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French expression of the day: Les jambes en compote

French expression of the day: Les jambes en compote
Photo: Annie Spratt/Unsplash/Nicolas Raymond
Why, in France, having your body parts full of fruit mush could mean you're pumping iron at the gym.

Why do I need to know les jambes en compote?

Because it’s arguably the best way to sneakily brag about your workout in French.

What does it mean? 

Avoir les jambes en compote translates to ‘having legs of compote’, which is a cute way of saying that you have wobbly legs ('jelly legs').

Compote is the French fruit mush that is stuffed into small cups or soft plastic bottles, often given to children as a goûter (afternoon snack) or dessert. It’s soft like a yoghurt and having legs that feel like this means it’s definitely not the day to embark on a marathon.

Avoir les jambes en compote is a great way of secretly bragging about your workout routine. Let’s say someone asks you ça te dit qu’on aille courir ce soir après le boulot? – Do you want to go for a run this evening after work?

A great excuse would be Ah, non, j’ai les jambes en compote, j’ai fait une grosse séance de jambes à la salle de sport hier. – Oh, no, I have jelly legs, I did a major leg session yesterday at the gym.

If you are practicing social distancing or are in a coronavirus lockdown and decide to try the do-it-at-home French Foreign Legion workout, c'est sûr que tu auras les jambes en compote demain – you're sure to have jelly legs tomorrow.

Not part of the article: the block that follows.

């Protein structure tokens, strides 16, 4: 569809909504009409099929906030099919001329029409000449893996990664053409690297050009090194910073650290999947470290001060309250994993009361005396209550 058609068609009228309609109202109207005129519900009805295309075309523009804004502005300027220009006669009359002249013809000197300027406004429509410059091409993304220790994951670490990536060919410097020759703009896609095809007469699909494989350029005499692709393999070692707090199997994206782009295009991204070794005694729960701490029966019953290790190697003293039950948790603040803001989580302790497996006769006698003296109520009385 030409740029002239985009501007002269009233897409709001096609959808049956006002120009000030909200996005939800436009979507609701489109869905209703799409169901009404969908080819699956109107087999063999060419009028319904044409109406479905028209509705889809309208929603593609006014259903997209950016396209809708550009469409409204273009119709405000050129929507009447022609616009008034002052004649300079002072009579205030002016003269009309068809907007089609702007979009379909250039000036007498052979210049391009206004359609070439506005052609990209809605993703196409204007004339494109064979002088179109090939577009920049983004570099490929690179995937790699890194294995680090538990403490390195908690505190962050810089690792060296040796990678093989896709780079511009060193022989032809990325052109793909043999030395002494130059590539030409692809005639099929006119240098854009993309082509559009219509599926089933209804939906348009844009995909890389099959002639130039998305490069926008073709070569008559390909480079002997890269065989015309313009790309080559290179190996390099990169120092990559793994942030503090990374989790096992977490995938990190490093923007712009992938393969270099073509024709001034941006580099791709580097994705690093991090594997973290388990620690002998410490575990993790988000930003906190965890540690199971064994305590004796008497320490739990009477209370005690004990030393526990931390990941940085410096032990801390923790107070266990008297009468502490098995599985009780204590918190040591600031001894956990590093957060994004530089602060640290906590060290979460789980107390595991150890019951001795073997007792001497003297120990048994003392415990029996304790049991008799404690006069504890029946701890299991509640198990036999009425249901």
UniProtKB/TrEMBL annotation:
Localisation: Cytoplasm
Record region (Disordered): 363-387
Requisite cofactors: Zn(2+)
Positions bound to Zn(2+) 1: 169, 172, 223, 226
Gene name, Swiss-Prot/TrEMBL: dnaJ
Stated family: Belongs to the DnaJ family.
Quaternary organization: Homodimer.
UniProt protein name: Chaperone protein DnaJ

Legs aren’t the only body part that can be filled with compote, avoir les bras en compote means having jelly arms.

Nor are les jambes en compote necessarily something that follows an intense workout. You can use it when you're feeling extremely tired, for example as you get home from work.

Je suis crevé, j'ai les jambes en compote. – I'm exhausted, I have jelly legs.

Synonyms?

While there are many other ways to say that you're exhausted in France, none are as telling as avoir les jambes en compote when you want to specifically direct the attention towards your legs.

Je suis crevé (I'm exhausted) or je suis mort (I'm dead) are good ways of expressing that you're really tired, but it doesn't refer to the specific body part.

 


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